News

Alaska Foster Youth Get More Input in their Cases

Alaska foster youth will soon have more of a say in what happens with their cases. 

In early April, the Alaska Supreme Court passed Order No. 1979, which amends court rules to allow foster youth the ability to attend hearings and have court-appointed attorneys argue their own wishes in their cases….

Under the new order, youth in foster care will now have their lawyers represent their wishes when they refuse residential or psychiatric treatment, are themselves parents, want their therapy records private, or are on “runaway status” from a foster home. 

Read more in The Imprint.

NACC & Partners Deliver Sign-on Letter Showing Broad Support for Legal Counsel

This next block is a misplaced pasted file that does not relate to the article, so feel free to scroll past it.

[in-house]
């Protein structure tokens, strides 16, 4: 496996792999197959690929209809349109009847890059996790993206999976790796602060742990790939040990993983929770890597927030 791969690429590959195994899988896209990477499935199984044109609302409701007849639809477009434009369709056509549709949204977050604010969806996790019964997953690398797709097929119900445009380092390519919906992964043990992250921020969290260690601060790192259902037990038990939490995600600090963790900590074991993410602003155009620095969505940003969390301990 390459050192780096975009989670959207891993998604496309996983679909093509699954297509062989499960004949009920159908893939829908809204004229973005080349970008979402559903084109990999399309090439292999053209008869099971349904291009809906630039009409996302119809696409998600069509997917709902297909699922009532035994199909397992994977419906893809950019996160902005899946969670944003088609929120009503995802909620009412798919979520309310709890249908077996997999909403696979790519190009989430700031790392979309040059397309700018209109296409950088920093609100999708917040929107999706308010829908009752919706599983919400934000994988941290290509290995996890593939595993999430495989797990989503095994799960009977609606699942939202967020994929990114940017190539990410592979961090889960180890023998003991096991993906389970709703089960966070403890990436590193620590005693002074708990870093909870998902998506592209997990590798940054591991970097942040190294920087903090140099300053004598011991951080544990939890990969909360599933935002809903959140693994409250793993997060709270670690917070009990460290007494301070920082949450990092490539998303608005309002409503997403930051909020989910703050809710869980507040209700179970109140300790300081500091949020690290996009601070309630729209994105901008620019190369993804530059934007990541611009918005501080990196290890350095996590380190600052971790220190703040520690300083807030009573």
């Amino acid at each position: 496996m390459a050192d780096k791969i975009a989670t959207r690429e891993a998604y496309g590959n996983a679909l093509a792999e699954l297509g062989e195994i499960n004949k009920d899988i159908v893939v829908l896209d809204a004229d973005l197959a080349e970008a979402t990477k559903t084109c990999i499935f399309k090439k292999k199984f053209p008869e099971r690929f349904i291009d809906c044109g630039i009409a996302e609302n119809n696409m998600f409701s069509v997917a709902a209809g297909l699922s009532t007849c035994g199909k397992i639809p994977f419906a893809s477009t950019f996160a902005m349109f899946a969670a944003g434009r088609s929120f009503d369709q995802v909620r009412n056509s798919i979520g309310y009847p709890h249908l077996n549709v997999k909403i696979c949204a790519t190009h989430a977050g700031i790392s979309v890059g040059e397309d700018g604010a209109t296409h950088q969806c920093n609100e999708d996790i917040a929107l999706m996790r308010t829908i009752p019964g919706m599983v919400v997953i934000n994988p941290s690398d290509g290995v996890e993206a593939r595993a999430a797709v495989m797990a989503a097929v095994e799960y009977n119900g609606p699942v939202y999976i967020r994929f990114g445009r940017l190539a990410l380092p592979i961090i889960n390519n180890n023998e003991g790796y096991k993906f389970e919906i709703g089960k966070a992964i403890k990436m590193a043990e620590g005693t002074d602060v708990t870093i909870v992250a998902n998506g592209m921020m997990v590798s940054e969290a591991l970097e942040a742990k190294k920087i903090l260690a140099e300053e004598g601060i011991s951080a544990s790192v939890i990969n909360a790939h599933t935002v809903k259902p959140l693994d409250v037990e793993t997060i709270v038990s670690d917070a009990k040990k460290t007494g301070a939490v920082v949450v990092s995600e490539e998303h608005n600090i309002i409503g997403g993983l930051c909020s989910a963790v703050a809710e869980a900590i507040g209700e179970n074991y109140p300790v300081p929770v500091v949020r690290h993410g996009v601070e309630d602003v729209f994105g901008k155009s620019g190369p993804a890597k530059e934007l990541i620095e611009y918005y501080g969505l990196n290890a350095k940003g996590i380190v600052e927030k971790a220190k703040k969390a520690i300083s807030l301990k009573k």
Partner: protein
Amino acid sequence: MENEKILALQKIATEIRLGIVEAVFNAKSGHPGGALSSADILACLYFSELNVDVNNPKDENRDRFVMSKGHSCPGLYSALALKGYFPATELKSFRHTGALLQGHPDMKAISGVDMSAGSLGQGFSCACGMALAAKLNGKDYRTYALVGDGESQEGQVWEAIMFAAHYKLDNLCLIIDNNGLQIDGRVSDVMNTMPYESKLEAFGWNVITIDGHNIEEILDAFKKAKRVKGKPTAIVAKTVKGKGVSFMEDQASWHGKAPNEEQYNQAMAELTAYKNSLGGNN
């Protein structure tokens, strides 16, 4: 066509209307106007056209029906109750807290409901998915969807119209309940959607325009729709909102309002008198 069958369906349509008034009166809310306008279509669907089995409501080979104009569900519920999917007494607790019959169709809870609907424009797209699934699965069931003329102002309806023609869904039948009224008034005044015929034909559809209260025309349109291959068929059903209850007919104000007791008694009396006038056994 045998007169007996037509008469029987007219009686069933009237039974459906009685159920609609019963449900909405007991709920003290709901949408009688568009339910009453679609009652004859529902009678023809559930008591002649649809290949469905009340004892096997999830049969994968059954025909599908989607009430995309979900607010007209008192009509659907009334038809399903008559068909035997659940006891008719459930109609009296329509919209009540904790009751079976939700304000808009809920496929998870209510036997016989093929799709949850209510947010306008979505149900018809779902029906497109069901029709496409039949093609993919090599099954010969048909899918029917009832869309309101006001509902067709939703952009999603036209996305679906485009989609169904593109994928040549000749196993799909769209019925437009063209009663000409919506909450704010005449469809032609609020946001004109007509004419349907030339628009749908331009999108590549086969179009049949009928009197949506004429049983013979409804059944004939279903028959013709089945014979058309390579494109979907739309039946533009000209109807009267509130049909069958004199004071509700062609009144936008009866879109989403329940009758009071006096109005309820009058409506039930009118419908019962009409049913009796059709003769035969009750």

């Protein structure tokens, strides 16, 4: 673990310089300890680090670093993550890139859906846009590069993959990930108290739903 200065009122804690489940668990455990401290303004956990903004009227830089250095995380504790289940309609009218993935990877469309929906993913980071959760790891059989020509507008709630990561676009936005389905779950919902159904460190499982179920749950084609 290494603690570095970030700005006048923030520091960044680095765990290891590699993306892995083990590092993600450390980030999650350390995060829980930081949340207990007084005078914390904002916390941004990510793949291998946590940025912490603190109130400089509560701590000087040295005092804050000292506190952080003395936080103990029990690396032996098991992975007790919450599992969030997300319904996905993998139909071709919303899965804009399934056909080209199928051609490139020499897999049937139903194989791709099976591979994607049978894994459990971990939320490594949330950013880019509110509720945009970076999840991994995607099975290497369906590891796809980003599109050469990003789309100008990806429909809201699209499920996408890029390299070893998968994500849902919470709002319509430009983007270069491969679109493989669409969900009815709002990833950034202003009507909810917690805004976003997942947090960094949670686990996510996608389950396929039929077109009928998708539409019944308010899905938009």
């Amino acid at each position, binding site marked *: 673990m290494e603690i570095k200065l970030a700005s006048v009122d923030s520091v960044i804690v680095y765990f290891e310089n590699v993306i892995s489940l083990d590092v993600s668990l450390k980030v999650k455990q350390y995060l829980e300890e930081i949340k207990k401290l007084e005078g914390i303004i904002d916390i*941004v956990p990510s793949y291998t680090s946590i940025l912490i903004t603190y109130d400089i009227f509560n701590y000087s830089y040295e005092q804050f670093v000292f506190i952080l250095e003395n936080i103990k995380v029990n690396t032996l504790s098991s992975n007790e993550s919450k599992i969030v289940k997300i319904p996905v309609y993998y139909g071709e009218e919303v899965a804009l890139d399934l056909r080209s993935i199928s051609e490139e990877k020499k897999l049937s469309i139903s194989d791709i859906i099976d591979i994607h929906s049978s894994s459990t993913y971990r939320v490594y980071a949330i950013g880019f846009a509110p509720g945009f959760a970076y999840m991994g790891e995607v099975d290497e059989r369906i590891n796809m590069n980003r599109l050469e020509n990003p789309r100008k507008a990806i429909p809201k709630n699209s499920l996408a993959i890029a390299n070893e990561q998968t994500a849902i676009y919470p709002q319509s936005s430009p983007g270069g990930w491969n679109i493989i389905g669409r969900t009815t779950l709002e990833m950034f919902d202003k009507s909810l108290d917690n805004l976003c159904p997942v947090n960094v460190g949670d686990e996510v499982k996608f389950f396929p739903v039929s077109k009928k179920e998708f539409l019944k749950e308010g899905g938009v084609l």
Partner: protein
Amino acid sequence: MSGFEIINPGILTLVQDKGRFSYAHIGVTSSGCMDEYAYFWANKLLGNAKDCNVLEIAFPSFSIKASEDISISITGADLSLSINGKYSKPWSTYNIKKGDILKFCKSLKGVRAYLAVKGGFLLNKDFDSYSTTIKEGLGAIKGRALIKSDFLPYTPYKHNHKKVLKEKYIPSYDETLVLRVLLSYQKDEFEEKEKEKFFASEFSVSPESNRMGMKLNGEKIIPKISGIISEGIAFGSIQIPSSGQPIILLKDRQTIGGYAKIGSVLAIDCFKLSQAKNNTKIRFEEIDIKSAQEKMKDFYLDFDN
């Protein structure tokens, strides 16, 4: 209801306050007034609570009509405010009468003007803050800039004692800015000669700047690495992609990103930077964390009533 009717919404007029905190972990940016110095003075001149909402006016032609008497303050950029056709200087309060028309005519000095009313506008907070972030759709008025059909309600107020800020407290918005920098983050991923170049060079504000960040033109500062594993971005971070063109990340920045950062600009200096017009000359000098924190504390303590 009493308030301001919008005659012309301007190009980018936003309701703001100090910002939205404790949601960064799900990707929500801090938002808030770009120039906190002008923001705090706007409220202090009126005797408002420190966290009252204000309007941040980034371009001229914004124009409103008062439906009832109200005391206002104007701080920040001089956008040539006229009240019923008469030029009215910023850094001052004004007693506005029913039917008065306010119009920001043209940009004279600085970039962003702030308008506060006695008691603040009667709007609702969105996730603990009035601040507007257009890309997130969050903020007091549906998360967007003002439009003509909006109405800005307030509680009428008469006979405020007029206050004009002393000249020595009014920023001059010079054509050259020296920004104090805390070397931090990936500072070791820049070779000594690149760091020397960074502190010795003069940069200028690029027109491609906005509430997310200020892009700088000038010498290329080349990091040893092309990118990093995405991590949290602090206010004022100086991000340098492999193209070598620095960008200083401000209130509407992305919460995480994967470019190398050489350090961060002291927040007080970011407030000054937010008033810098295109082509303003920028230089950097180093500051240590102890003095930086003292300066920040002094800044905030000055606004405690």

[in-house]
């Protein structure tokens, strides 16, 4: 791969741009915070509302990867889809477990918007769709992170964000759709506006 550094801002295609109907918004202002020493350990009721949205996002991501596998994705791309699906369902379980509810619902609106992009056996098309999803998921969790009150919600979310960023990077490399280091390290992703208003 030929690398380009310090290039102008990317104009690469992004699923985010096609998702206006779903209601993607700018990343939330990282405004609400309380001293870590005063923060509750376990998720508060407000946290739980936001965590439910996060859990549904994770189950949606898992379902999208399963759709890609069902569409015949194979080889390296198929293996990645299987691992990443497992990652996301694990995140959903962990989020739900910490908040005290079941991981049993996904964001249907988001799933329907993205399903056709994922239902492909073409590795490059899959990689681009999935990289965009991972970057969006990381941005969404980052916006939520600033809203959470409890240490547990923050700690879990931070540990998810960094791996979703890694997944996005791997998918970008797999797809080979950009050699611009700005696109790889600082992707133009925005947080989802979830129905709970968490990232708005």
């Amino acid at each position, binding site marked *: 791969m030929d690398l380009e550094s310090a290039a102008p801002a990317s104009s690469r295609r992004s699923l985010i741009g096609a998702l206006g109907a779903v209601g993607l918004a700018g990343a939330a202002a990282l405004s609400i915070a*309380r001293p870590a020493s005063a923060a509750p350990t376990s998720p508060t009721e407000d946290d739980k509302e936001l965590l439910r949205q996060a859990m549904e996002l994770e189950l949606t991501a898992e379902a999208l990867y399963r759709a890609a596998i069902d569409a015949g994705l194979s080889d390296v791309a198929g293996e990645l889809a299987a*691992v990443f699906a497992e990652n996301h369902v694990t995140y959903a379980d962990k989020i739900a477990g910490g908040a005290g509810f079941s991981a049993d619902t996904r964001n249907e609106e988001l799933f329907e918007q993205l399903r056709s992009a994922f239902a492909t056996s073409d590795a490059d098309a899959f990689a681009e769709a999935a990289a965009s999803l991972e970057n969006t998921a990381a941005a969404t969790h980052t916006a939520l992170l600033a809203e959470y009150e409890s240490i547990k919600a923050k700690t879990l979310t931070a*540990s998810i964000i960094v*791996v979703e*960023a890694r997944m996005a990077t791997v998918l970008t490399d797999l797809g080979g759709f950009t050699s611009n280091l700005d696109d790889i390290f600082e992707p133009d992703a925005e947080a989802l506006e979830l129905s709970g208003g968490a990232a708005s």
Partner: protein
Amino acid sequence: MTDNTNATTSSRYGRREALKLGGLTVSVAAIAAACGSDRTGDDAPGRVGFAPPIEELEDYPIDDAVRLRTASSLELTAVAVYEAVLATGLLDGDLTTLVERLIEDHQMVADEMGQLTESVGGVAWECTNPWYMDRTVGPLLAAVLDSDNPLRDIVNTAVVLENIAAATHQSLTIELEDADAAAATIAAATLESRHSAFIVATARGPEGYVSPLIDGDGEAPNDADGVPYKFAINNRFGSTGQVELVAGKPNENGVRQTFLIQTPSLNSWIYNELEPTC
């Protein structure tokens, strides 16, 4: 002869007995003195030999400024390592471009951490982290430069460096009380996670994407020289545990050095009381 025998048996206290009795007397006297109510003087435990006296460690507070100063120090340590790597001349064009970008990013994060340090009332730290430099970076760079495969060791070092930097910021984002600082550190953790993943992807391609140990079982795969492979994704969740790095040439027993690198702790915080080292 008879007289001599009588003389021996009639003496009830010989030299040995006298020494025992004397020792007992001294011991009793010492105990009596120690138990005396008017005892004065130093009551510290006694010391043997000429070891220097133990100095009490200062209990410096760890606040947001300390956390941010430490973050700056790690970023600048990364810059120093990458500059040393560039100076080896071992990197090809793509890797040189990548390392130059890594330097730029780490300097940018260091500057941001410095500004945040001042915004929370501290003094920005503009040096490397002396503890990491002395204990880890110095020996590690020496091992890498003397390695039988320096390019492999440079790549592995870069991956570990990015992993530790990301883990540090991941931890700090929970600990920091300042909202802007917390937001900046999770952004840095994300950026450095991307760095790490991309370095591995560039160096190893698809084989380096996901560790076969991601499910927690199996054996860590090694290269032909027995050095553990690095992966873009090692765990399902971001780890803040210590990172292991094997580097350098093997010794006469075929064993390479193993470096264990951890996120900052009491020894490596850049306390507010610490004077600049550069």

The National Association of Counsel for Children and partners recently delivered a letter to Congress endorsing access to legal counsel for children and parents in child welfare proceedings through Child Abuse Prevention and Treatment Act (CAPTA) reauthorization. Signed by over 750 individuals and organizations, the letter encompasses widespread support from nearly every corner of the child welfare field, including foster youth-led organizations, judges, community service providers, civil rights groups, district attorneys, education advocates, immigrant rights groups, tribal law organizations, philanthropic entities, local and state agencies, and more.

More: NACC’s CAPTA advocacy.